Do you bite your fingernails? Are they long and strong, or do they split or break? Fingernails draw our attention, although only a few nail conditions actually seem to interest dermatologists as indicators of underlying disease. What is the story on ridged fingernails?
Vertically Ridged Fingernails:
Q. I have vertical ridges on almost all my fingernails. Do you know what causes this? Is there anything I could do to improve it?
A. Although they are annoying, vertical (longitudinal) ridges on the fingernails do not appear to be dangerous. These ridges (known medically as onychorrhexis) are frequently attributed to aging. (Horizontal ridges are quite another matter and should be brought to the attention of your health care provider. They might simply indicate a previous nail injury, but occasionally they signal a health problem such as heart disease, infection or diabetes.)
Sometimes vertically ridged nails are also brittle. Anemia and atherosclerosis sometimes cause brittle, ridged fingernails (Canadian Family Physician, Feb., 2011).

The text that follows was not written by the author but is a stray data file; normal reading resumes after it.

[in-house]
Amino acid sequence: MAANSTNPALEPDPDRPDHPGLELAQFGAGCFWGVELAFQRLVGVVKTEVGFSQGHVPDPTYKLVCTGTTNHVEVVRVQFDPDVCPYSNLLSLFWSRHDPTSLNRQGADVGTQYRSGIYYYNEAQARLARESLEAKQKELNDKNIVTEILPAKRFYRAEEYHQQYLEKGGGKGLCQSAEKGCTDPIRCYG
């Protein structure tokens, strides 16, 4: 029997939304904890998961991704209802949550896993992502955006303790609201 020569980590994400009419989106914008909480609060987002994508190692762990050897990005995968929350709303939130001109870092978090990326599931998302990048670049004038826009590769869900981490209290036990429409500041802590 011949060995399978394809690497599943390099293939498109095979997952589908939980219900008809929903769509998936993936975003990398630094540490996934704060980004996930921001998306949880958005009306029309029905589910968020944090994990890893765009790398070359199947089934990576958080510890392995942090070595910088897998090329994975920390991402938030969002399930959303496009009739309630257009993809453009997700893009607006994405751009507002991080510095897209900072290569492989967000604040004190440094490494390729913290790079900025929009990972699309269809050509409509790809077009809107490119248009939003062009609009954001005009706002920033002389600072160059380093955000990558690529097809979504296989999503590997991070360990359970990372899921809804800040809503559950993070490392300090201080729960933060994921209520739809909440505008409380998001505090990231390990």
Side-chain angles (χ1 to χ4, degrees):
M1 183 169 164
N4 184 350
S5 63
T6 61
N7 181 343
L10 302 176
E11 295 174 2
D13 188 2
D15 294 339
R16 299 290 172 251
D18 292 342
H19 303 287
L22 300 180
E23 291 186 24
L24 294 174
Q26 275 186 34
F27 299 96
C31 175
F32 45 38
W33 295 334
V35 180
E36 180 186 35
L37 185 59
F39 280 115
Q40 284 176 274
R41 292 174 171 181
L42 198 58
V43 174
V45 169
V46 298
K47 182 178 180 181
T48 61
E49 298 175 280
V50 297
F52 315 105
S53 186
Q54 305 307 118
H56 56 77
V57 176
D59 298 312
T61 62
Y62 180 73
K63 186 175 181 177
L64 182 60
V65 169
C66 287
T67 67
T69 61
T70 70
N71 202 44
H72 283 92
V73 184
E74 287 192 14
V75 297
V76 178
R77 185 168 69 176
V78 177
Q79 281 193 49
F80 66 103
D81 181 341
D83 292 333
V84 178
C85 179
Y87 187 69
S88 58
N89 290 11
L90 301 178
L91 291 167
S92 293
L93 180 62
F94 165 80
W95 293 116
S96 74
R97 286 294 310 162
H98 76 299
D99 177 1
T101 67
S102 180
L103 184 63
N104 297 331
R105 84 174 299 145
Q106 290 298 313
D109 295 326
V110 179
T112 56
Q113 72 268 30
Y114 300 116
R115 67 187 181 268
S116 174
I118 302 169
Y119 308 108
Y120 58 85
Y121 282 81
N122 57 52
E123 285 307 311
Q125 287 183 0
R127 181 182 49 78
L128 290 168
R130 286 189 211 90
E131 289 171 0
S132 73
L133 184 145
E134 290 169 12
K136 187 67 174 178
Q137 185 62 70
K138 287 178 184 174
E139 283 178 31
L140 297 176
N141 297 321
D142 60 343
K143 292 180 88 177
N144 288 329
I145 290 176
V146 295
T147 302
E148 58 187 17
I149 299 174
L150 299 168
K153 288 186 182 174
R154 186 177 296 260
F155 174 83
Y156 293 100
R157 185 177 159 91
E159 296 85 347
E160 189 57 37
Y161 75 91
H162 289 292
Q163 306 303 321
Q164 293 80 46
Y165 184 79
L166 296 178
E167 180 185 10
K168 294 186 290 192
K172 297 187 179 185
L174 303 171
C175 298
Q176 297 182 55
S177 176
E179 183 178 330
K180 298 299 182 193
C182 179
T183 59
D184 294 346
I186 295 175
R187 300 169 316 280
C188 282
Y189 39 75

Do You Need Supplements?
You should ask your doctor if you need supplements of iron or B vitamins to correct anemia. A few small studies have suggested that taking biotin (2.5 mg/day) can help correct ridging and fragility (Journal of Drugs in Dermatology, Aug.,2007).
One reader reported:
“A dermatologist told me to take biotin for my nails when they were splitting and cracking. I started taking a daily supplement of biotin and my nails improved greatly within three months. My son, who is a pharmacist, recommended a product containing biotin, calcium and phosphorus; my nails are strong and ridge-free.”
Other common-sense approaches include protecting the nails from prolonged exposure to water, detergent and household chemicals. How? Wear waterproof gloves when washing dishes or doing chores, preferable with cotton glove liners. This may not change the ridging at all, but it may help reduce brittleness.